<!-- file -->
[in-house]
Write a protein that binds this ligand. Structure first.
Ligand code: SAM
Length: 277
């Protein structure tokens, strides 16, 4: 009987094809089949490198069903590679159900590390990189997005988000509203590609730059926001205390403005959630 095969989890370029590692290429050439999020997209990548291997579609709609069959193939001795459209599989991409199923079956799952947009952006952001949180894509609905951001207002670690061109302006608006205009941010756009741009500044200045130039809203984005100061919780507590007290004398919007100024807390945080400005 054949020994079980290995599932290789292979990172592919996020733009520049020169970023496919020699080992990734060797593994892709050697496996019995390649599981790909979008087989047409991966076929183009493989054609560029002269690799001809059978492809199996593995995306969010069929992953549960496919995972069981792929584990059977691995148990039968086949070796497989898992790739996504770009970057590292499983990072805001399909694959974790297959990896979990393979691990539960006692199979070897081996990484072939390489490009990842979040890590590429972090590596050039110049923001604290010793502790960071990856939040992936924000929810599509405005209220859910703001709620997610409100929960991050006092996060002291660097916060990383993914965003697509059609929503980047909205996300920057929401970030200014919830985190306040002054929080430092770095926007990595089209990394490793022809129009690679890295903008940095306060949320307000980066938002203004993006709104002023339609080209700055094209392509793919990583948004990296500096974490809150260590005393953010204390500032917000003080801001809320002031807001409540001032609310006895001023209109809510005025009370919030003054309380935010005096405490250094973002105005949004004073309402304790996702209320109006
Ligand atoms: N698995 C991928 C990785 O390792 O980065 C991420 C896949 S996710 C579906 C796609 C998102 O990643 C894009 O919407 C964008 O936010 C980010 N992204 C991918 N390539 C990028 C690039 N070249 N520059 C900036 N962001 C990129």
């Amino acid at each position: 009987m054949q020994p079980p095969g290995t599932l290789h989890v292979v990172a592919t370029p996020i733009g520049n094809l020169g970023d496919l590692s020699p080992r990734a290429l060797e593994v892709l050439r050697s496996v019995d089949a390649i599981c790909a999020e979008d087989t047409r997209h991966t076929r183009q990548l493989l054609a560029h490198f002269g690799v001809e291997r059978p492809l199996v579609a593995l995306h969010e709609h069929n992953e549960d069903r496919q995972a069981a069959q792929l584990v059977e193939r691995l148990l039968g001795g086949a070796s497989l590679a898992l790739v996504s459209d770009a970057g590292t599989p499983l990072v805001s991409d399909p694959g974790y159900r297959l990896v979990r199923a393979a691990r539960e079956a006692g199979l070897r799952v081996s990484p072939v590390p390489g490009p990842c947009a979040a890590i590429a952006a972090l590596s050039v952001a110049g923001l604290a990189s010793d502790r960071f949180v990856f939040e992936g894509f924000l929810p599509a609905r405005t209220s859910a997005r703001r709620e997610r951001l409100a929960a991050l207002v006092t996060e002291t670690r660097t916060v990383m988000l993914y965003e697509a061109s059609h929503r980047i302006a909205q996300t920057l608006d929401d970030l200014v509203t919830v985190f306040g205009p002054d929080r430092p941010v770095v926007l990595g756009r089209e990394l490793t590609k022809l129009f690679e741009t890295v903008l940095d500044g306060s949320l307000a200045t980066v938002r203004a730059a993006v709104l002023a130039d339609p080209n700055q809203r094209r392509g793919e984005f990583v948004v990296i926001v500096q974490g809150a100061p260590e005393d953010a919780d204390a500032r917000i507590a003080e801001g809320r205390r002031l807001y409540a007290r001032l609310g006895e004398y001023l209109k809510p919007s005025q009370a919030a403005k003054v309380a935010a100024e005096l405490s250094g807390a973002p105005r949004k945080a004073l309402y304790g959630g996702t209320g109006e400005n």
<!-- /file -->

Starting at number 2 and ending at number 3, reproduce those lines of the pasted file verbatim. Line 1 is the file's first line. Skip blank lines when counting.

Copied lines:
Write a protein that binds this ligand. Structure first.
Ligand code: SAM